The bottom line is management teams can define profitability however they choose but can’t as easily hide from the realities of the cash flow statement. Eventually these realities come home to roost and when this happens stocks with low earnings quality tend to underperform. So long as investors place weight on measures such as “pro-forma adjusted EBITDA”, we think the accruals anomaly is likely to persist.
At the same time, we think it would be irresponsible to “pay-any-price” for companies with high earnings quality (or indeed high quality businesses in general) and this style of investing is prone to many of the behavioural biases that support excess returns from value investing in the first place.
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Are value strategies riskier than glamour strategies?
There are two schools of thought as to why value strategies have historically outperformed glamour or growth strategies. The first is value strategies are riskier than passive strategies. This is intuitively appealing when we consider the nature of value stocks. These companies are typically plagued with investor concerns, surrounded by popular pessimism and often have high levels of financial and operating leverage.
A brief look at the top 10 industrial stocks in the ASX200 ranked by free-cash-flow-yield highlights this point.
Different investors will perceive risk differently but for us the most crucial measure of risk is how particular portfolios perform in down markets. Figure 4 illustrates the performance of value strategies based on enterprise-free-cash-flow through a variety of market conditions. The point to note is that there is little difference in performance in up markets and down markets. If anything, the value portfolios perform better in more adverse market conditions.
Figures 3 and 4 highlight one of the challenges faced by many investors and their sponsors. The challenge is distinguishing between diversifiable risk (or company specific risk) and non-diversifiable risk (or systematic risk). By definition, company specific risk can be diversified away whereas systemic risk cannot. Myer – a department store – might appear to be a risky investment. However, investors should be only be concerned with how the stock performs within the context of a portfolio and how such a portfolio is likely to perform in a meaningfully down market.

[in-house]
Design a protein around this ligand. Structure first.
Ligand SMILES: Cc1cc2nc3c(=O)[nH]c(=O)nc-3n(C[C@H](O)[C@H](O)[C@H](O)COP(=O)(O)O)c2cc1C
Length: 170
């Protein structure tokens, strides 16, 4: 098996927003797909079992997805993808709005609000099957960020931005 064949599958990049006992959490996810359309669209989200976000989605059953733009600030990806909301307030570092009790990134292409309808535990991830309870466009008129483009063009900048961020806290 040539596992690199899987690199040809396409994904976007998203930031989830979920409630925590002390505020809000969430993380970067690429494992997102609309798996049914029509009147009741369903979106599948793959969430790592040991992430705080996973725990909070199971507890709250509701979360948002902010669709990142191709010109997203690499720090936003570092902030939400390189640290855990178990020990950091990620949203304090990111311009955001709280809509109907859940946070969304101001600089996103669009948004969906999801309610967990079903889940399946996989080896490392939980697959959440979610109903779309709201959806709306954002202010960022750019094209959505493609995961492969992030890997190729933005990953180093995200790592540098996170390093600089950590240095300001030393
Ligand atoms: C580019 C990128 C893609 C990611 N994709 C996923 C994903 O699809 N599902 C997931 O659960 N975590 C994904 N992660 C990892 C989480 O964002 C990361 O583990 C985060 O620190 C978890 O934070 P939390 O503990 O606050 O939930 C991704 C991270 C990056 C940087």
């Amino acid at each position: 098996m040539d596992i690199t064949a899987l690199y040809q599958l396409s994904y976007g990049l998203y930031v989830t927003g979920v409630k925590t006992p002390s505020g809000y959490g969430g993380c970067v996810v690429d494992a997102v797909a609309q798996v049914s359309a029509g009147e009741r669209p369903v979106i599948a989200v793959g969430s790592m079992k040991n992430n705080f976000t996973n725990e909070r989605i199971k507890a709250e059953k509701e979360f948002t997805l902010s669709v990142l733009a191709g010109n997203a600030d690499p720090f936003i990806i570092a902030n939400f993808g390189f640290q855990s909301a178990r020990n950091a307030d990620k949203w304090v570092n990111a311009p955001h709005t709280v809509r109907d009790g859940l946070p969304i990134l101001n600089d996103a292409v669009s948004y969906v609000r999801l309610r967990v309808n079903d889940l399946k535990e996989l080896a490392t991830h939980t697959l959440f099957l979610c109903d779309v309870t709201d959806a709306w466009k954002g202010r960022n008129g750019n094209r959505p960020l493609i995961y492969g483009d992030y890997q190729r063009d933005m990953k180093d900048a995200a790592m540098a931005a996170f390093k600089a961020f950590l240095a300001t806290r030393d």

Indeed, when we invest in businesses we place significant weight on understanding and quantifying downside valuation scenarios and their dependencies on uncontrollable external influences such as macroeconomic conditions. These are “systematic risks” that cannot be diversified away. This “margin-of-safety” concept is explicitly considered when we develop our “conviction scores” that combine with valuation to determine portfolio weights.
The performance of value investing on the basis of free-cash-flow in an Australian context has been compelling and, in our view, represents a strong foundation for active stock selection. This key finding underpins Merlon’s investment philosophy which is built around the notion that companies undervalued on the basis of free-cash-flow and franking will outperform over time.
Any investment philosophy needs to be supported by an understanding of why a particular approach is likely to generate excess returns. In this paper we begin to explore this question. Consistent with our philosophy, we present findings that show a linkage between value investing on the basis of free-cash-flow and earnings quality. We then go on to dismiss the notion that value investing is “riskier” than passive alternatives.
In our third paper in this series to be released next quarter we will highlight a number of well documented behavioural biases that are empirically and anecdotally evident in the Australian market. We will also point to various elements of the Merlon investment process, structure and culture that are aimed at minimising our exposure to these biases.
Author: Hamish Carlisle, Analyst/Portfolio Manager
 See: “Do Stock Prices Fully Reflect Information in Accruals and Cash Flows about Future Earnings?”, R Sloan – The Accounting Review 1996.